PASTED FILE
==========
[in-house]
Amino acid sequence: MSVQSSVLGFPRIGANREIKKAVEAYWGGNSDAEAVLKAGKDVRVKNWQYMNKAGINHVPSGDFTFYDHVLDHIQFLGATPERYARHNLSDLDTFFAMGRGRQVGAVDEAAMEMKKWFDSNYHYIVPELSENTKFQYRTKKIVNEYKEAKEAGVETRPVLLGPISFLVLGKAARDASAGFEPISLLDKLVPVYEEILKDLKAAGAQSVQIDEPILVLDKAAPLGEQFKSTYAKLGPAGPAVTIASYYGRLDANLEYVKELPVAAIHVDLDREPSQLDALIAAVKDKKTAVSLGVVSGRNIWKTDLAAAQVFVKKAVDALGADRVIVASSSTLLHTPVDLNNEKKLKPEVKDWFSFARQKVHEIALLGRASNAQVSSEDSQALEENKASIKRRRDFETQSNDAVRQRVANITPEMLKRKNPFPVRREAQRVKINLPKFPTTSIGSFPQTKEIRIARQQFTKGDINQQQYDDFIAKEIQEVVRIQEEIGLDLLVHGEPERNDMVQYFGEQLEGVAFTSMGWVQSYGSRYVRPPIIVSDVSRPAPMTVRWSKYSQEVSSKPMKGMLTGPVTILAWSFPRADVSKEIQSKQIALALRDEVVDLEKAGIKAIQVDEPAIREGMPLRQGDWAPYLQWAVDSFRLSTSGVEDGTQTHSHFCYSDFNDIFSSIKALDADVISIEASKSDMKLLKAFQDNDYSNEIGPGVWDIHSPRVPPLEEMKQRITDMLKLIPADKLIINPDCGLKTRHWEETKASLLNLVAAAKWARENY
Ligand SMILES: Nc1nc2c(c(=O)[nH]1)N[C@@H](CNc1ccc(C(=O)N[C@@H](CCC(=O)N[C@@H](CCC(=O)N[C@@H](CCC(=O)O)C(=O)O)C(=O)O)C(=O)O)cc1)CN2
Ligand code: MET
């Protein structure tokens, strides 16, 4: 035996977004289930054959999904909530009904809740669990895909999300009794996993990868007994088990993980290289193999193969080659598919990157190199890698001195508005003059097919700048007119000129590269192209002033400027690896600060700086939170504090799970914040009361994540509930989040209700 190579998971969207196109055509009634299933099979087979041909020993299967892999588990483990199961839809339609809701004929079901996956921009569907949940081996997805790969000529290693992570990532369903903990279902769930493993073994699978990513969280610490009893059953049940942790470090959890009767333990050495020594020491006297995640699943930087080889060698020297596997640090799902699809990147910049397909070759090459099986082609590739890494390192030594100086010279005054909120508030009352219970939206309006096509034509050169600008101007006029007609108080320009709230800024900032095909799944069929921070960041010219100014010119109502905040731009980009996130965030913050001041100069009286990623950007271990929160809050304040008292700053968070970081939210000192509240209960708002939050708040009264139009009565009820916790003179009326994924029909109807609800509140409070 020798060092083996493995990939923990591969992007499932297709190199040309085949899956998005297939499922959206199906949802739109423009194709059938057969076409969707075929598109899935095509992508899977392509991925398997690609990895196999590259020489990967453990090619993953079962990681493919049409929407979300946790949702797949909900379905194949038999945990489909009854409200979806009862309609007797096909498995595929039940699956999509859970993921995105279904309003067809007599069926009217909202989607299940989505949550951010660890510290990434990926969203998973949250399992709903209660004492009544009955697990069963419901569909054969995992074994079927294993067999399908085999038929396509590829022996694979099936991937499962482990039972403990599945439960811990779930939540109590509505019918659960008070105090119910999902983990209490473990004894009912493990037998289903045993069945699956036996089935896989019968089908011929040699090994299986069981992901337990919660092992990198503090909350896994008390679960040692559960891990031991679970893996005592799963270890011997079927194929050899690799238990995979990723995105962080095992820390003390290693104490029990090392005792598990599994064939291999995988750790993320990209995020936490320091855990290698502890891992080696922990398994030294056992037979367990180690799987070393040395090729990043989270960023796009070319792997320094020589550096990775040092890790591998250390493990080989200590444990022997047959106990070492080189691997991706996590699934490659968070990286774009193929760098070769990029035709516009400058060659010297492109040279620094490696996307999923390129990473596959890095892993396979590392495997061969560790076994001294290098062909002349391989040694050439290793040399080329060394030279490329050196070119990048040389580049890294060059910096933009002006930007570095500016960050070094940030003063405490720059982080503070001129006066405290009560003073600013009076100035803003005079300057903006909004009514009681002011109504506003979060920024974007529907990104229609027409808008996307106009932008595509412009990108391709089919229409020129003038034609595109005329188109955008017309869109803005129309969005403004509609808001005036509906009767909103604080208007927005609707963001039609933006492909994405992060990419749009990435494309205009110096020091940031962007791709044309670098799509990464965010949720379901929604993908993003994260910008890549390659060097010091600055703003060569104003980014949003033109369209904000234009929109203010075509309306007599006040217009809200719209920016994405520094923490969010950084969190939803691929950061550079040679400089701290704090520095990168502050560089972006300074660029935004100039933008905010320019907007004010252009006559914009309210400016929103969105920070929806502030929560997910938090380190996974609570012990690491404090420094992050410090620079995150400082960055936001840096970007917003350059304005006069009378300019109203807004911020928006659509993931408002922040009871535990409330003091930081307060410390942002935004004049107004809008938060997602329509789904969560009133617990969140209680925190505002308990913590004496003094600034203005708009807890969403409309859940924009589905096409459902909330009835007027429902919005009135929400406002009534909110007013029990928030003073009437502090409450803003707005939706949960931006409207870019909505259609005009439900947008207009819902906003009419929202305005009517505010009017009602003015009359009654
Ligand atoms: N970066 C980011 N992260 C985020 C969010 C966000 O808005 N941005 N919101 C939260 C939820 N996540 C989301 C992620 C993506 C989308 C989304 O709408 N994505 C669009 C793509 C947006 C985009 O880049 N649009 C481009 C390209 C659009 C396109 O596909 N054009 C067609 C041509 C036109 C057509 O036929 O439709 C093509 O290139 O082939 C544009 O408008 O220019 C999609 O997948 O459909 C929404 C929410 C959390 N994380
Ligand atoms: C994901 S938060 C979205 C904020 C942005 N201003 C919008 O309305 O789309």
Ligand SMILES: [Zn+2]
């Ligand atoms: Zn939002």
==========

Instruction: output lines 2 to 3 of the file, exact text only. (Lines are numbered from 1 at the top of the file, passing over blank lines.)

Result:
Amino acid sequence: MSVQSSVLGFPRIGANREIKKAVEAYWGGNSDAEAVLKAGKDVRVKNWQYMNKAGINHVPSGDFTFYDHVLDHIQFLGATPERYARHNLSDLDTFFAMGRGRQVGAVDEAAMEMKKWFDSNYHYIVPELSENTKFQYRTKKIVNEYKEAKEAGVETRPVLLGPISFLVLGKAARDASAGFEPISLLDKLVPVYEEILKDLKAAGAQSVQIDEPILVLDKAAPLGEQFKSTYAKLGPAGPAVTIASYYGRLDANLEYVKELPVAAIHVDLDREPSQLDALIAAVKDKKTAVSLGVVSGRNIWKTDLAAAQVFVKKAVDALGADRVIVASSSTLLHTPVDLNNEKKLKPEVKDWFSFARQKVHEIALLGRASNAQVSSEDSQALEENKASIKRRRDFETQSNDAVRQRVANITPEMLKRKNPFPVRREAQRVKINLPKFPTTSIGSFPQTKEIRIARQQFTKGDINQQQYDDFIAKEIQEVVRIQEEIGLDLLVHGEPERNDMVQYFGEQLEGVAFTSMGWVQSYGSRYVRPPIIVSDVSRPAPMTVRWSKYSQEVSSKPMKGMLTGPVTILAWSFPRADVSKEIQSKQIALALRDEVVDLEKAGIKAIQVDEPAIREGMPLRQGDWAPYLQWAVDSFRLSTSGVEDGTQTHSHFCYSDFNDIFSSIKALDADVISIEASKSDMKLLKAFQDNDYSNEIGPGVWDIHSPRVPPLEEMKQRITDMLKLIPADKLIINPDCGLKTRHWEETKASLLNLVAAAKWARENY
Ligand SMILES: Nc1nc2c(c(=O)[nH]1)N[C@@H](CNc1ccc(C(=O)N[C@@H](CCC(=O)N[C@@H](CCC(=O)N[C@@H](CCC(=O)O)C(=O)O)C(=O)O)C(=O)O)cc1)CN2